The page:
Richard Trevithick

Richard Trevithick (1771-1833), born Tregajorran, Cornwall. Engineer and inventor.

Kernow Blog - Richard Trevithick, Cornish inventor of the high-pressure steam engineTrevithick’s game-changing contribution to the early development of the steam engine resinates down through history to the present day.

Before his revolutionary engineering design to successfully contain and control high-pressure steam, the then emerging technology of steam power could only offer cumbersome, underpowered and very expensive to run engines relative to size.

His hugely significant high-pressure design leapfrogged everything that had been built to date. This was effectively the launchpad for all future steam powered engines including the immensely successful world-wide railway industry that followed. He reasoned that his engine design could now be more compact, lighter and small enough to carry its own weight even with a carriage attached.

Trevithick built a full-size steam road locomotive in 1801 on a site near the present day Fore Street at Camborne, Cornwall. Trevithick named his carriage ‘Puffing Devil’ and on Christmas Eve that year, he demonstrated it by successfully carrying six passengers up Fore Street and then continuing on up Camborne Hill, from Camborne Cross, to the nearby village of Beacon. This is widely recognised as the first demonstration of transportation powered by steam. It also inspired the popular Cornish folk song “Camborne Hill”.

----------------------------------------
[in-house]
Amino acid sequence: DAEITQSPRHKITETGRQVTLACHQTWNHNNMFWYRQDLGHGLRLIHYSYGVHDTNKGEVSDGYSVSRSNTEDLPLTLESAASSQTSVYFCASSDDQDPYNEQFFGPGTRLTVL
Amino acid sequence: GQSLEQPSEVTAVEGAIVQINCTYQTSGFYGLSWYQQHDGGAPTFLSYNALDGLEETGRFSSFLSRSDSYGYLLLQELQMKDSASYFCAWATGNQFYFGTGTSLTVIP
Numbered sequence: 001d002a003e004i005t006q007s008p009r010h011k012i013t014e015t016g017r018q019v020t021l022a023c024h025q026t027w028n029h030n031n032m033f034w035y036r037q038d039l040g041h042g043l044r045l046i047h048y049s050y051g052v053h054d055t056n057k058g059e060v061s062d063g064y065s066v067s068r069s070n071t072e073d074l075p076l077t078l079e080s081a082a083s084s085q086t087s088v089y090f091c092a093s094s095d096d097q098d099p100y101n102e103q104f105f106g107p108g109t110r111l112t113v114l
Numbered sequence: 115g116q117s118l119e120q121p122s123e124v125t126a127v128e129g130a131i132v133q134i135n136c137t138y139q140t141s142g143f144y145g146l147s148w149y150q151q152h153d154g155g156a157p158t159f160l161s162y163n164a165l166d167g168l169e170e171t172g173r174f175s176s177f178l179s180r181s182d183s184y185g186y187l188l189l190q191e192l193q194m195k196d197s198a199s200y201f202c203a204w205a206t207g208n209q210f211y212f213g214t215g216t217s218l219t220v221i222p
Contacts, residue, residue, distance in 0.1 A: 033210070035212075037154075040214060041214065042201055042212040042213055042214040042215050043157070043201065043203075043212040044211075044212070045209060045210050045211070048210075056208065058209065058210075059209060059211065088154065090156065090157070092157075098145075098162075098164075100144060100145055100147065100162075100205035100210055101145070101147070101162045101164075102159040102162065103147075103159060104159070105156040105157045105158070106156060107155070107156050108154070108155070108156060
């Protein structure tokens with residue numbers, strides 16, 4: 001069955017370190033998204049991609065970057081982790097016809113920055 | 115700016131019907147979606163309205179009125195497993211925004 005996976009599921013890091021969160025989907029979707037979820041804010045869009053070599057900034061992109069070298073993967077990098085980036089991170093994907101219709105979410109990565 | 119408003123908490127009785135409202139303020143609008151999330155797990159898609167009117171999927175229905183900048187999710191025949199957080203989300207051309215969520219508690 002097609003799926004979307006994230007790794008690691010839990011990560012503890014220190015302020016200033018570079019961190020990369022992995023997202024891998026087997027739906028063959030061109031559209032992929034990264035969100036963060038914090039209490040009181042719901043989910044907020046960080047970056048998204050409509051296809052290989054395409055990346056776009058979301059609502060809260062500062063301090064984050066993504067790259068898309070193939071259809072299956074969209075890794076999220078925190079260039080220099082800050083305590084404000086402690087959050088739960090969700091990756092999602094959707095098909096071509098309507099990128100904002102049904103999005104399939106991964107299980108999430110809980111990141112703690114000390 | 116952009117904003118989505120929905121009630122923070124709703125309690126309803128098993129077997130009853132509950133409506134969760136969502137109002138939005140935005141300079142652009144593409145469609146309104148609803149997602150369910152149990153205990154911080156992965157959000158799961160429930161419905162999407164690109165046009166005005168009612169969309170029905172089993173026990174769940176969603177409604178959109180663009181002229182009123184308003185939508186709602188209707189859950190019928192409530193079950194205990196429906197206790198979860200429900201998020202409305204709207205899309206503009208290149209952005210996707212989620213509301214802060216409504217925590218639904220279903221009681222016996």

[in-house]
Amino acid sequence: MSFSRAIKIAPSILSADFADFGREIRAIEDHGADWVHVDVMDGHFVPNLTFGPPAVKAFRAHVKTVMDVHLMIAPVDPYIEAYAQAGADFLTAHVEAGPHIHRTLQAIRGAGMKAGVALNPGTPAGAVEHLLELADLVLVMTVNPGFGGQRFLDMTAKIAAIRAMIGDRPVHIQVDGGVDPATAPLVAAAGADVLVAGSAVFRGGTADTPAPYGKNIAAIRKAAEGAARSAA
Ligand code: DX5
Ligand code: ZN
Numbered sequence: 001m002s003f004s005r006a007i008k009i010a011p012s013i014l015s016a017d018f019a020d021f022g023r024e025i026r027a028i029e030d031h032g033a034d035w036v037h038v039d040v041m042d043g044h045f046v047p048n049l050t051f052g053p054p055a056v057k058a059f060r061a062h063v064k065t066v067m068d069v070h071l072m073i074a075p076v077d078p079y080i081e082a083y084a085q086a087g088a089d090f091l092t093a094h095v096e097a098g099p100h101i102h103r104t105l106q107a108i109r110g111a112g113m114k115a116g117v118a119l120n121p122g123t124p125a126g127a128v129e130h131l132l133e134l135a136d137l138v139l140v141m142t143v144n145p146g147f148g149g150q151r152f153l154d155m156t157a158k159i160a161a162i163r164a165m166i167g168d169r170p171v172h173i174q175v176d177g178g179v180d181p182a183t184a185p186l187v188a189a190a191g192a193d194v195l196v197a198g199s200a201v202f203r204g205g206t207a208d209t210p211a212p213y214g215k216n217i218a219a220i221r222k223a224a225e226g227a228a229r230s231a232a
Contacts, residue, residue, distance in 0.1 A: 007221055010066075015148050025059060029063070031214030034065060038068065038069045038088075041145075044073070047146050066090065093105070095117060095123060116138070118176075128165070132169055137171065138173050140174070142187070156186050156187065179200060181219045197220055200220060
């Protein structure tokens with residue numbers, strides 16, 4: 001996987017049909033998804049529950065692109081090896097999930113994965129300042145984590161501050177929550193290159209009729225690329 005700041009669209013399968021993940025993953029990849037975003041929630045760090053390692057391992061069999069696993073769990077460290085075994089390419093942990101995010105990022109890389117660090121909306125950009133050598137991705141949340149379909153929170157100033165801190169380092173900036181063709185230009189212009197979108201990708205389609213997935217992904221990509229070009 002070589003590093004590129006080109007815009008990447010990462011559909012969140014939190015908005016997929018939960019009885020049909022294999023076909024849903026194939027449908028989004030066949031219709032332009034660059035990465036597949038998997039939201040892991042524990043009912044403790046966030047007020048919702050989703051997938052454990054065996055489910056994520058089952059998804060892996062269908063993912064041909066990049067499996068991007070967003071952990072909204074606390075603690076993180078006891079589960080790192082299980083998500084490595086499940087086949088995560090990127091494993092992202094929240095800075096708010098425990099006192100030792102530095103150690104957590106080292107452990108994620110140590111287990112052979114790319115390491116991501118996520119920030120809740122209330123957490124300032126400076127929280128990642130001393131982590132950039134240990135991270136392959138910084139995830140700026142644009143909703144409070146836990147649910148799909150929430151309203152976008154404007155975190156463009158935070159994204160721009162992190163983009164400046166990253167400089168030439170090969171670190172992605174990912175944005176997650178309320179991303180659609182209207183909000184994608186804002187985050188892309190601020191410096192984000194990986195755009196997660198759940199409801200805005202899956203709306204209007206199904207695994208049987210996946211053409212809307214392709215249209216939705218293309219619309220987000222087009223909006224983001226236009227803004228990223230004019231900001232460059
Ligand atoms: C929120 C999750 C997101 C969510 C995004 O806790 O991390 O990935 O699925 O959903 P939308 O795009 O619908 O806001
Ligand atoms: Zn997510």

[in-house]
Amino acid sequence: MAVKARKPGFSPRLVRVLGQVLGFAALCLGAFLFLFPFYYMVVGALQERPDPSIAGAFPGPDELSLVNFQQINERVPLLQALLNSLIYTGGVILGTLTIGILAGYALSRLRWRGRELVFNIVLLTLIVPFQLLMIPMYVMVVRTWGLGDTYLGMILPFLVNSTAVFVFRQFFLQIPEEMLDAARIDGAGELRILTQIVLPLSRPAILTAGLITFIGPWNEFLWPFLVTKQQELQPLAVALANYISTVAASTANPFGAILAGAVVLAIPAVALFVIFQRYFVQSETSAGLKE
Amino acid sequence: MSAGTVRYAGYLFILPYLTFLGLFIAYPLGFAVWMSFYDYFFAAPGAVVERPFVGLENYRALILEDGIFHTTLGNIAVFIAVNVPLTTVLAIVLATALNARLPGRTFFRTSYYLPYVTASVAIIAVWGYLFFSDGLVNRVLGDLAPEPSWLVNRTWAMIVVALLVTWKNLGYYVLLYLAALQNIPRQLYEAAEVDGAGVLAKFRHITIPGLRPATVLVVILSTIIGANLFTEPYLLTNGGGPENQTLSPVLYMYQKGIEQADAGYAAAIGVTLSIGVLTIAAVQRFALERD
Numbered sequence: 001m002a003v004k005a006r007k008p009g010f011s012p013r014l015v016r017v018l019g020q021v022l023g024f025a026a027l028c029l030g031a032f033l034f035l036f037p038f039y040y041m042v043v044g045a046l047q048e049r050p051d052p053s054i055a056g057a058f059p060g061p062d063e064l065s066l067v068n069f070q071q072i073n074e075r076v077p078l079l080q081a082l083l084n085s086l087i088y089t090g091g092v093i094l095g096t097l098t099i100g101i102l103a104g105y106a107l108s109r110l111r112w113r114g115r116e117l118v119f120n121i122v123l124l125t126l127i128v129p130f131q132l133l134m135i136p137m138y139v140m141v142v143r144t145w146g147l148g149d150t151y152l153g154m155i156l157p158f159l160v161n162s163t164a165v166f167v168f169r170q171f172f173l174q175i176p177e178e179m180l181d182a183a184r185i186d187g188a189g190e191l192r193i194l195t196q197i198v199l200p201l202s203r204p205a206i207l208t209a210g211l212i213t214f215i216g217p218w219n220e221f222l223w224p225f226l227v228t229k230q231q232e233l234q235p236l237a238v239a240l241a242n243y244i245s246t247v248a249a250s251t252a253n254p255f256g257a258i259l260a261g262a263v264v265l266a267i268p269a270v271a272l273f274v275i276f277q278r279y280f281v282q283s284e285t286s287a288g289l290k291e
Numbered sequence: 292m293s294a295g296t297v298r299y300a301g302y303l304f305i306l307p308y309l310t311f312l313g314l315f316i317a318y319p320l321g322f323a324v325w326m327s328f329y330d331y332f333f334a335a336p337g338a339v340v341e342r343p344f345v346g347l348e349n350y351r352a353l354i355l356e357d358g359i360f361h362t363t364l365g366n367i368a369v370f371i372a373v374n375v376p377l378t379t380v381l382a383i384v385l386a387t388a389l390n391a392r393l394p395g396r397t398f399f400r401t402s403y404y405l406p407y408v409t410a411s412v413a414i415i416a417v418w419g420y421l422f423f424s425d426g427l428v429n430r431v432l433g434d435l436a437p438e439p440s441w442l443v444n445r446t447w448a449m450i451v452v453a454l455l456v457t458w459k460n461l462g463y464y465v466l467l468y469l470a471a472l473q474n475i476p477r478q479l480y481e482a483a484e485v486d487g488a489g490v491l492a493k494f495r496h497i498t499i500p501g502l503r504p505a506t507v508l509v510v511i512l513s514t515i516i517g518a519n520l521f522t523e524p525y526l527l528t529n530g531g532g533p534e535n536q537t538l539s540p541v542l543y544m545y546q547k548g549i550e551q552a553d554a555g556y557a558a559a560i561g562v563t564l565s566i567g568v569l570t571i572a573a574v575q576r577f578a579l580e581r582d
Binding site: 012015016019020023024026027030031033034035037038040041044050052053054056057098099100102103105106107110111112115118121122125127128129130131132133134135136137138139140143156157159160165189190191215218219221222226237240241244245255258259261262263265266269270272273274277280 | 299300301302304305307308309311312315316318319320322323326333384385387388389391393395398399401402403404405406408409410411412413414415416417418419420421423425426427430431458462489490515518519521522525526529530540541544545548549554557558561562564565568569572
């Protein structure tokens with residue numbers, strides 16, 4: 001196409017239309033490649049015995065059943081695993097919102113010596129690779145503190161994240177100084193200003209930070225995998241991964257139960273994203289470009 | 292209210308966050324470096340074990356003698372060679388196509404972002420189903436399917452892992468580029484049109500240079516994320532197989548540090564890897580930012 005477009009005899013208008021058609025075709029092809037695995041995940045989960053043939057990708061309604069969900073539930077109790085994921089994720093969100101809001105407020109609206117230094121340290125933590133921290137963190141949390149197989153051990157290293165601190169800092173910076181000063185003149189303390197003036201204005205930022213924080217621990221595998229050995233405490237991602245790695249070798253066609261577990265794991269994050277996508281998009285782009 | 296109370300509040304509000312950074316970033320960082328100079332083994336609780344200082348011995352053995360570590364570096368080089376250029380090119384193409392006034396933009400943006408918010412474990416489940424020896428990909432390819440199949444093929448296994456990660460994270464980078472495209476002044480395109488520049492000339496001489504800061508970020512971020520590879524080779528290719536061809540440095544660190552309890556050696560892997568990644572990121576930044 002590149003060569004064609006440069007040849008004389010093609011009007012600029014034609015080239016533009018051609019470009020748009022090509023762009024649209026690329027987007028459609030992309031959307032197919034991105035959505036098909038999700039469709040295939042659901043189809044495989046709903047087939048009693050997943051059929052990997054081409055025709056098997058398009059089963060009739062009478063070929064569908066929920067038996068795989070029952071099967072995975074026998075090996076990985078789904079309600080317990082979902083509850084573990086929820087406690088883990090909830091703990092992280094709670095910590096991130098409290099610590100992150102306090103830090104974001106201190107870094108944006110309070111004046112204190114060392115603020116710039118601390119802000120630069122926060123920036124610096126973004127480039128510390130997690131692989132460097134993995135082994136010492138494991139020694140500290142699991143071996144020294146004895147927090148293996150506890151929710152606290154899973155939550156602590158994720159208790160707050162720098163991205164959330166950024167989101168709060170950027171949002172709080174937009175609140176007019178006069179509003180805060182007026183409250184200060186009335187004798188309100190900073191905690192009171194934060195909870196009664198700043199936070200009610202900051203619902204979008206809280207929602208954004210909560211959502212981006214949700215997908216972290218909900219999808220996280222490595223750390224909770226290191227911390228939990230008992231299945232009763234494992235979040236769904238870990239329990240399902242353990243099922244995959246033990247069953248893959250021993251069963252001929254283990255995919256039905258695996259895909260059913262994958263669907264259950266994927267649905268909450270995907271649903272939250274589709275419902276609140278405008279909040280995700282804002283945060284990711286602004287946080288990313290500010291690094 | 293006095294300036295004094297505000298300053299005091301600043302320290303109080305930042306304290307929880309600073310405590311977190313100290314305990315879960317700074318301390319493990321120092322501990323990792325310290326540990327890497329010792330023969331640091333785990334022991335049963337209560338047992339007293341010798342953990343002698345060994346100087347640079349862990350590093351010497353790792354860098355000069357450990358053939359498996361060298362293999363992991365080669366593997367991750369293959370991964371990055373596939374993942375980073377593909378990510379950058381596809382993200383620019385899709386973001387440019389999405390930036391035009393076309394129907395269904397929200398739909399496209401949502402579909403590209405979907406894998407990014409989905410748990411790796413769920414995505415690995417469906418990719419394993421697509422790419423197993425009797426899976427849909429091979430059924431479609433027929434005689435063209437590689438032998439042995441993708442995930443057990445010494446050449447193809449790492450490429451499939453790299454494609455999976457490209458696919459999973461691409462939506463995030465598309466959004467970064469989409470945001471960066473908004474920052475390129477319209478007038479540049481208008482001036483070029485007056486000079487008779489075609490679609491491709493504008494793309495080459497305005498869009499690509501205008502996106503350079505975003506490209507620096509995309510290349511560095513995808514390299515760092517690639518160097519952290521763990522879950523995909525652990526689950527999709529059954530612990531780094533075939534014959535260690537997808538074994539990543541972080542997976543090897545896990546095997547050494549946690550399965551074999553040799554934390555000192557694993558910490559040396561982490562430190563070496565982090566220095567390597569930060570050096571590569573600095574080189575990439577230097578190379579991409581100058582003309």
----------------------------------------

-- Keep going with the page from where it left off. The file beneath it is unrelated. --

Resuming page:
He also built the first full-scale working railway steam locomotive. On 21 February 1804 the world’s first locomotive-hauled railway journey took place as Trevithick’s unnamed steam locomotive hauled a train along the tramway of the Penydarren Ironworks, in Merthyr Tydfil, Wales.

The legacy of Trevithick’s engineering genius is that it has given us control of high-pressure gasses and fluids that is commonly used today in industry, nuclear and fossil fuel power stations and many engineering applications that utilise his basic principle.